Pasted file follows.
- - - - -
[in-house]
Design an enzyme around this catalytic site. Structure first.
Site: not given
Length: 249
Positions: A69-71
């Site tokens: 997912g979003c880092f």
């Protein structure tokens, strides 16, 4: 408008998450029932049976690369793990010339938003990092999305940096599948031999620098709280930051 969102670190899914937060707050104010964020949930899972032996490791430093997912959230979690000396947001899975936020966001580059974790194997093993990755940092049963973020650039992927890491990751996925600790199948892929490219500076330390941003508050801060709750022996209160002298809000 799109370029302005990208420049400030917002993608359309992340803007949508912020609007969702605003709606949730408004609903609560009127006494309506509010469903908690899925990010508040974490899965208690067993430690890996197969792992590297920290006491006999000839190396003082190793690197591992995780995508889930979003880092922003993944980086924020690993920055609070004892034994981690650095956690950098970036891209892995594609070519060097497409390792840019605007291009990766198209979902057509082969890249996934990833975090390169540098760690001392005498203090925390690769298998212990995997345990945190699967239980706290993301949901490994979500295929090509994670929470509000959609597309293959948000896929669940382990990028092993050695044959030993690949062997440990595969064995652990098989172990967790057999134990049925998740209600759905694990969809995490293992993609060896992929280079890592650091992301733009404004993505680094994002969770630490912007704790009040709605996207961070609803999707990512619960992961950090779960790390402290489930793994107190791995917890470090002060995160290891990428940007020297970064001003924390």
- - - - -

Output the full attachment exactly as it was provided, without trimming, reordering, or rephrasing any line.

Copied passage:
[in-house]
Design an enzyme around this catalytic site. Structure first.
Site: not given
Length: 249
Positions: A69-71
């Site tokens: 997912g979003c880092f």
């Protein structure tokens, strides 16, 4: 408008998450029932049976690369793990010339938003990092999305940096599948031999620098709280930051 969102670190899914937060707050104010964020949930899972032996490791430093997912959230979690000396947001899975936020966001580059974790194997093993990755940092049963973020650039992927890491990751996925600790199948892929490219500076330390941003508050801060709750022996209160002298809000 799109370029302005990208420049400030917002993608359309992340803007949508912020609007969702605003709606949730408004609903609560009127006494309506509010469903908690899925990010508040974490899965208690067993430690890996197969792992590297920290006491006999000839190396003082190793690197591992995780995508889930979003880092922003993944980086924020690993920055609070004892034994981690650095956690950098970036891209892995594609070519060097497409390792840019605007291009990766198209979902057509082969890249996934990833975090390169540098760690001392005498203090925390690769298998212990995997345990945190699967239980706290993301949901490994979500295929090509994670929470509000959609597309293959948000896929669940382990990028092993050695044959030993690949062997440990595969064995652990098989172990967790057999134990049925998740209600759905694990969809995490293992993609060896992929280079890592650091992301733009404004993505680094994002969770630490912007704790009040709605996207961070609803999707990512619960992961950090779960790390402290489930793994107190791995917890470090002060995160290891990428940007020297970064001003924390």